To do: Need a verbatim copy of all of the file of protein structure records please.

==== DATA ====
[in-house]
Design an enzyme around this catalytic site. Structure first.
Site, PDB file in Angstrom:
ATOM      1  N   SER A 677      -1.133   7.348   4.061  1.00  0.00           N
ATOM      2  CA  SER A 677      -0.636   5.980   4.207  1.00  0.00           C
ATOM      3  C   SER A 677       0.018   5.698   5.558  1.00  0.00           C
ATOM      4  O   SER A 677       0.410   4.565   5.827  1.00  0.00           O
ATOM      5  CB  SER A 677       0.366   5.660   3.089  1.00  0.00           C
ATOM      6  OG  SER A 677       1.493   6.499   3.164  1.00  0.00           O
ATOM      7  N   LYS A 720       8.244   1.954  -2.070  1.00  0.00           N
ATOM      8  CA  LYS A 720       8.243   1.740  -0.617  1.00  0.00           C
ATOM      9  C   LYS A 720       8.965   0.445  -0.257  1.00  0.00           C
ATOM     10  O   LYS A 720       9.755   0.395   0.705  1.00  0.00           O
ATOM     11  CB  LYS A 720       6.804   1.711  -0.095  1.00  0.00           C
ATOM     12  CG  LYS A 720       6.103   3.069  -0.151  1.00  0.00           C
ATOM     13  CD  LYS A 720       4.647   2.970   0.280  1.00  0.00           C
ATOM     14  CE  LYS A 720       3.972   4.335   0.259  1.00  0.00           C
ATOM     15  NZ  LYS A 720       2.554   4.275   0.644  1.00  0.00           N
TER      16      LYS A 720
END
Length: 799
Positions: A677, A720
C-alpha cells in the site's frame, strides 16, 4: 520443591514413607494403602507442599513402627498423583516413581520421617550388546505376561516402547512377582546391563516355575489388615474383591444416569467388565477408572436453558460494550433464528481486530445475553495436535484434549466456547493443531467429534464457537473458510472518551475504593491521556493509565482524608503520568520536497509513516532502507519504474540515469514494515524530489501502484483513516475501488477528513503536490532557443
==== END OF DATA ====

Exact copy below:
[in-house]
Design an enzyme around this catalytic site. Structure first.
Site, PDB file in Angstrom:
ATOM      1  N   SER A 677      -1.133   7.348   4.061  1.00  0.00           N
ATOM      2  CA  SER A 677      -0.636   5.980   4.207  1.00  0.00           C
ATOM      3  C   SER A 677       0.018   5.698   5.558  1.00  0.00           C
ATOM      4  O   SER A 677       0.410   4.565   5.827  1.00  0.00           O
ATOM      5  CB  SER A 677       0.366   5.660   3.089  1.00  0.00           C
ATOM      6  OG  SER A 677       1.493   6.499   3.164  1.00  0.00           O
ATOM      7  N   LYS A 720       8.244   1.954  -2.070  1.00  0.00           N
ATOM      8  CA  LYS A 720       8.243   1.740  -0.617  1.00  0.00           C
ATOM      9  C   LYS A 720       8.965   0.445  -0.257  1.00  0.00           C
ATOM     10  O   LYS A 720       9.755   0.395   0.705  1.00  0.00           O
ATOM     11  CB  LYS A 720       6.804   1.711  -0.095  1.00  0.00           C
ATOM     12  CG  LYS A 720       6.103   3.069  -0.151  1.00  0.00           C
ATOM     13  CD  LYS A 720       4.647   2.970   0.280  1.00  0.00           C
ATOM     14  CE  LYS A 720       3.972   4.335   0.259  1.00  0.00           C
ATOM     15  NZ  LYS A 720       2.554   4.275   0.644  1.00  0.00           N
TER      16      LYS A 720
END
Length: 799
Positions: A677, A720
C-alpha cells in the site's frame, strides 16, 4: 520443591514413607494403602507442599513402627498423583516413581520421617550388546505376561516402547512377582546391563516355575489388615474383591444416569467388565477408572436453558460494550433464528481486530445475553495436535484434549466456547493443531467429534464457537473458510472518551475504593491521556493509565482524608503520568520536497509513516532502507519504474540515469514494515524530489501502484483513516475501488477528513503536490532557443